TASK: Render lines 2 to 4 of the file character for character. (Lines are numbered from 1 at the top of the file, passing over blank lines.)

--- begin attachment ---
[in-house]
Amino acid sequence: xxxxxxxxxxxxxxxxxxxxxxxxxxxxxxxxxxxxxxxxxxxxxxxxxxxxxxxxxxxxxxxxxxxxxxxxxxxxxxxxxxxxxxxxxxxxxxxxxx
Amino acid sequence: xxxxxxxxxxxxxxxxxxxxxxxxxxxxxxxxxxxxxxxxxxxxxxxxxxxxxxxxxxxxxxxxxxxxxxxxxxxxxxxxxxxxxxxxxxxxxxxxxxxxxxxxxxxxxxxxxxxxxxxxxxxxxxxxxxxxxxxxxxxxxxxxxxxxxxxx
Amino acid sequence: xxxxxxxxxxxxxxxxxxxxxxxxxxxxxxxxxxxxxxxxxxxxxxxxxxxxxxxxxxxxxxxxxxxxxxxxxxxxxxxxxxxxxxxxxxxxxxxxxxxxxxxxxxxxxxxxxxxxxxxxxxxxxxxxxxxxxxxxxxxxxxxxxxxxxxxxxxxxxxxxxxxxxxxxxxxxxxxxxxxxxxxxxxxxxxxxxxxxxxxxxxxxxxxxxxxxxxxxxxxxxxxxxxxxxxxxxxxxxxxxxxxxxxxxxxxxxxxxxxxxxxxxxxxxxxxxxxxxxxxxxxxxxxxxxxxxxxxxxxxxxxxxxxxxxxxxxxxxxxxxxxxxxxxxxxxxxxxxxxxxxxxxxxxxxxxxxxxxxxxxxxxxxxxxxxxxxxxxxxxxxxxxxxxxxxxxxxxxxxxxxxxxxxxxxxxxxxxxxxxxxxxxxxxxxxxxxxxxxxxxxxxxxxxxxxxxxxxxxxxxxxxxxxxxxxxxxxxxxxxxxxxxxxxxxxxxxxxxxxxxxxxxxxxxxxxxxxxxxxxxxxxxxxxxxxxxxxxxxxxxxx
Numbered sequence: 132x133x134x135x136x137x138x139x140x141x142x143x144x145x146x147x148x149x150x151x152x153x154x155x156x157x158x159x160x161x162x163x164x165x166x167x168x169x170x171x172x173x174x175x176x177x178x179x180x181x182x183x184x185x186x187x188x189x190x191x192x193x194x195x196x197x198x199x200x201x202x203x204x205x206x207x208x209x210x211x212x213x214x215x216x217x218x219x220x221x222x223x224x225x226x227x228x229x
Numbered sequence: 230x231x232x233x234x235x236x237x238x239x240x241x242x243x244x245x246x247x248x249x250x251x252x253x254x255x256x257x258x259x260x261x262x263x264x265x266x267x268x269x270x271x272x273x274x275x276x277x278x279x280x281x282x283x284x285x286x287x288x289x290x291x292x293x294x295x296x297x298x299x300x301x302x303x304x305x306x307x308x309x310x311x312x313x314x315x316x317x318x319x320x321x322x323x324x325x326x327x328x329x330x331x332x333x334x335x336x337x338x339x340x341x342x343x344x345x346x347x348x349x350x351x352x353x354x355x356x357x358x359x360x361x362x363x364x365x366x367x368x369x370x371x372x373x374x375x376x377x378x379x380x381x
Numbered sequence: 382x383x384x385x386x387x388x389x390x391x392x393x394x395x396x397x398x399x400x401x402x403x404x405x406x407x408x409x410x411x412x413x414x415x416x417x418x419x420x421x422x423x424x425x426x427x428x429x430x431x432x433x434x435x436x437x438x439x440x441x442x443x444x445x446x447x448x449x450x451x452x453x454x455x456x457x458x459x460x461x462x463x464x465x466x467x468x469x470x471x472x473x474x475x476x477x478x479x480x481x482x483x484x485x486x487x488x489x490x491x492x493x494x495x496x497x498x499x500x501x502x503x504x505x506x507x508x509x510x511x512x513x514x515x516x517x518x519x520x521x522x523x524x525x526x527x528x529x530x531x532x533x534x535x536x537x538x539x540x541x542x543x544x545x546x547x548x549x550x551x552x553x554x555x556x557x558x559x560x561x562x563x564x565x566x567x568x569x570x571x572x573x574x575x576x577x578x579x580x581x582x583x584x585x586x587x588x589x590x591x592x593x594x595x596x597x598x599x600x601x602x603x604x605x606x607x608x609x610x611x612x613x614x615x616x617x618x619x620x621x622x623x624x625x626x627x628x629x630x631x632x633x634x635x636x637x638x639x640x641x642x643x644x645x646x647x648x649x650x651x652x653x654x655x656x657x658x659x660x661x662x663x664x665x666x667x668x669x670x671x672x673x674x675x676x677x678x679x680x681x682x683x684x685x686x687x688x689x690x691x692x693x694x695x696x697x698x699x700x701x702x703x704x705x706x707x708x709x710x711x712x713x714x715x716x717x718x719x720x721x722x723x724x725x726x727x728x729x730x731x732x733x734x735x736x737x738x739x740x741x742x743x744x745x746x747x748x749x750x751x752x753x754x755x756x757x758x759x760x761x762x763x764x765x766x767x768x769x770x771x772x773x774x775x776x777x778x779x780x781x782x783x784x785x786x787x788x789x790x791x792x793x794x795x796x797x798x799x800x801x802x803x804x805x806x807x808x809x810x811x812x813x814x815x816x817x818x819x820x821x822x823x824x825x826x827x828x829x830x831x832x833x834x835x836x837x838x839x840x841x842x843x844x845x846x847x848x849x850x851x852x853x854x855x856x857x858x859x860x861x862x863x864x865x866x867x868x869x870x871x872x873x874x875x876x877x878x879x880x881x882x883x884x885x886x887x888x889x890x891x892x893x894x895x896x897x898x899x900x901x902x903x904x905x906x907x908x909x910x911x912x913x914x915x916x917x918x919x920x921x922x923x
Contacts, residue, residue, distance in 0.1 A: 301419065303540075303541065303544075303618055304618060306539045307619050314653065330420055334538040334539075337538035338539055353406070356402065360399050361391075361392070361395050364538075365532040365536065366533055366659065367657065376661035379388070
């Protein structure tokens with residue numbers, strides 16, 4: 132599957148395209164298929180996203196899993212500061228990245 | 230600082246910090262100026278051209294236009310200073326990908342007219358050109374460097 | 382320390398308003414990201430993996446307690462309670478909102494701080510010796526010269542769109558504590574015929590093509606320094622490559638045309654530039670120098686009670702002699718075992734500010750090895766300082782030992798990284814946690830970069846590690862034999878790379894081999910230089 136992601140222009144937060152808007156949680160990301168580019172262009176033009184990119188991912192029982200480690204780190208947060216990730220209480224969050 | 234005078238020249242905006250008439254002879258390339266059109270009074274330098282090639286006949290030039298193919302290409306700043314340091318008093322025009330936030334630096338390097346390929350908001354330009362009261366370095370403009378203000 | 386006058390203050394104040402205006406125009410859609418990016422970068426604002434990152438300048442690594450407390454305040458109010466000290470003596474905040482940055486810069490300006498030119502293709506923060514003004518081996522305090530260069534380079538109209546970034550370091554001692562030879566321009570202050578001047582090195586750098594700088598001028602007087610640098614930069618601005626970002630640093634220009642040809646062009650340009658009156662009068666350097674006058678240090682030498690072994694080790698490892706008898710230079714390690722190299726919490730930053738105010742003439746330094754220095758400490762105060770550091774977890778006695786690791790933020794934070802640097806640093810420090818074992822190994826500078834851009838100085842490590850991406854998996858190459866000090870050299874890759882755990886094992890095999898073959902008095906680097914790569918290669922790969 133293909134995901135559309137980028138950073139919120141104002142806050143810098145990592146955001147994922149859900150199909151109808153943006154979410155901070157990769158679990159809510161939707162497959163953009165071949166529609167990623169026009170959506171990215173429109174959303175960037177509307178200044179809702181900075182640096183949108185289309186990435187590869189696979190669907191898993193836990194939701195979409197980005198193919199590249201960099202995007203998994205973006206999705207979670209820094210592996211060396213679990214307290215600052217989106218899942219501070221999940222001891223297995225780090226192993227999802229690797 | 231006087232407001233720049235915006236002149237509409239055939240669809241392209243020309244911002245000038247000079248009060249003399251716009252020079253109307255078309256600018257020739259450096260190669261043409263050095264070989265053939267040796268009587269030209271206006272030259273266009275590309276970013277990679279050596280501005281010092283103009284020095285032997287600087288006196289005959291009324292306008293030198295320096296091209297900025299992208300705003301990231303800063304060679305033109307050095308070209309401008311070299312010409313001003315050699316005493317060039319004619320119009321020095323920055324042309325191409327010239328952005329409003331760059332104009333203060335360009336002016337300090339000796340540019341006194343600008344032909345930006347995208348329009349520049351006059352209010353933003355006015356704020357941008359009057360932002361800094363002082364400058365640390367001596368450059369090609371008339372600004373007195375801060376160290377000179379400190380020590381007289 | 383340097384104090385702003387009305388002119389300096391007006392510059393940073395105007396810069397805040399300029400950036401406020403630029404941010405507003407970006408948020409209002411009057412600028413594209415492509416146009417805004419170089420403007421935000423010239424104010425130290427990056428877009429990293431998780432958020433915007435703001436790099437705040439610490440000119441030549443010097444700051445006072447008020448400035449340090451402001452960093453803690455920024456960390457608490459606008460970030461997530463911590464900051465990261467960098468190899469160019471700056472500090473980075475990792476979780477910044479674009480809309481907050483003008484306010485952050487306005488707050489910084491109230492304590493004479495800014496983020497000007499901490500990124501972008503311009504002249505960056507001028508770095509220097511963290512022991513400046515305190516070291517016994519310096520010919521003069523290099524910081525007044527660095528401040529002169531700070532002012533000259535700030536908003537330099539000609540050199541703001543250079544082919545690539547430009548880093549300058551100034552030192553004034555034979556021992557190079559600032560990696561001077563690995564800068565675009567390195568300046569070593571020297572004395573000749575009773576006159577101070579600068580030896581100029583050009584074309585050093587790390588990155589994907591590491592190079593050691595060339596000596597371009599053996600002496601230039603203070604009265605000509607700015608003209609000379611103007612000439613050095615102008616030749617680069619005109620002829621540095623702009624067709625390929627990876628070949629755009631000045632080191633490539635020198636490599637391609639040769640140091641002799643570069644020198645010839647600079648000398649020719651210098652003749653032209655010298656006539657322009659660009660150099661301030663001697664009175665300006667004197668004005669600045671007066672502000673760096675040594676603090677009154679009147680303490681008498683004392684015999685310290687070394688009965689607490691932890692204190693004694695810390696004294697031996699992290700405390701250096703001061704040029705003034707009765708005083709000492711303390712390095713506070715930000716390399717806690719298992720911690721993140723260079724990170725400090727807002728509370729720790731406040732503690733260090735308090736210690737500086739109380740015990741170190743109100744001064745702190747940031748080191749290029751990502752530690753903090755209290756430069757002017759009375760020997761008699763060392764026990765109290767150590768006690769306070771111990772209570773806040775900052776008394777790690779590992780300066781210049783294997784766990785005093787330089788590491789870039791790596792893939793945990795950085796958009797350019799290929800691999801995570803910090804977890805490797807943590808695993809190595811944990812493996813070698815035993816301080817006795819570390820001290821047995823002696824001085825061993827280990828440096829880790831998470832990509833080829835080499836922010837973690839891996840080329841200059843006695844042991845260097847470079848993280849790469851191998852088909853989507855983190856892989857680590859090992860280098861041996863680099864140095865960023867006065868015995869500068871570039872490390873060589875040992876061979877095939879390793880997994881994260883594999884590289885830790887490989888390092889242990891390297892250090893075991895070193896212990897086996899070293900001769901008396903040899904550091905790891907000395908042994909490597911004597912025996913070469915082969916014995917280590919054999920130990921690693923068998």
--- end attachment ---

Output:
Amino acid sequence: xxxxxxxxxxxxxxxxxxxxxxxxxxxxxxxxxxxxxxxxxxxxxxxxxxxxxxxxxxxxxxxxxxxxxxxxxxxxxxxxxxxxxxxxxxxxxxxxxx
Amino acid sequence: xxxxxxxxxxxxxxxxxxxxxxxxxxxxxxxxxxxxxxxxxxxxxxxxxxxxxxxxxxxxxxxxxxxxxxxxxxxxxxxxxxxxxxxxxxxxxxxxxxxxxxxxxxxxxxxxxxxxxxxxxxxxxxxxxxxxxxxxxxxxxxxxxxxxxxxx
Amino acid sequence: xxxxxxxxxxxxxxxxxxxxxxxxxxxxxxxxxxxxxxxxxxxxxxxxxxxxxxxxxxxxxxxxxxxxxxxxxxxxxxxxxxxxxxxxxxxxxxxxxxxxxxxxxxxxxxxxxxxxxxxxxxxxxxxxxxxxxxxxxxxxxxxxxxxxxxxxxxxxxxxxxxxxxxxxxxxxxxxxxxxxxxxxxxxxxxxxxxxxxxxxxxxxxxxxxxxxxxxxxxxxxxxxxxxxxxxxxxxxxxxxxxxxxxxxxxxxxxxxxxxxxxxxxxxxxxxxxxxxxxxxxxxxxxxxxxxxxxxxxxxxxxxxxxxxxxxxxxxxxxxxxxxxxxxxxxxxxxxxxxxxxxxxxxxxxxxxxxxxxxxxxxxxxxxxxxxxxxxxxxxxxxxxxxxxxxxxxxxxxxxxxxxxxxxxxxxxxxxxxxxxxxxxxxxxxxxxxxxxxxxxxxxxxxxxxxxxxxxxxxxxxxxxxxxxxxxxxxxxxxxxxxxxxxxxxxxxxxxxxxxxxxxxxxxxxxxxxxxxxxxxxxxxxxxxxxxxxxxxxxxxxx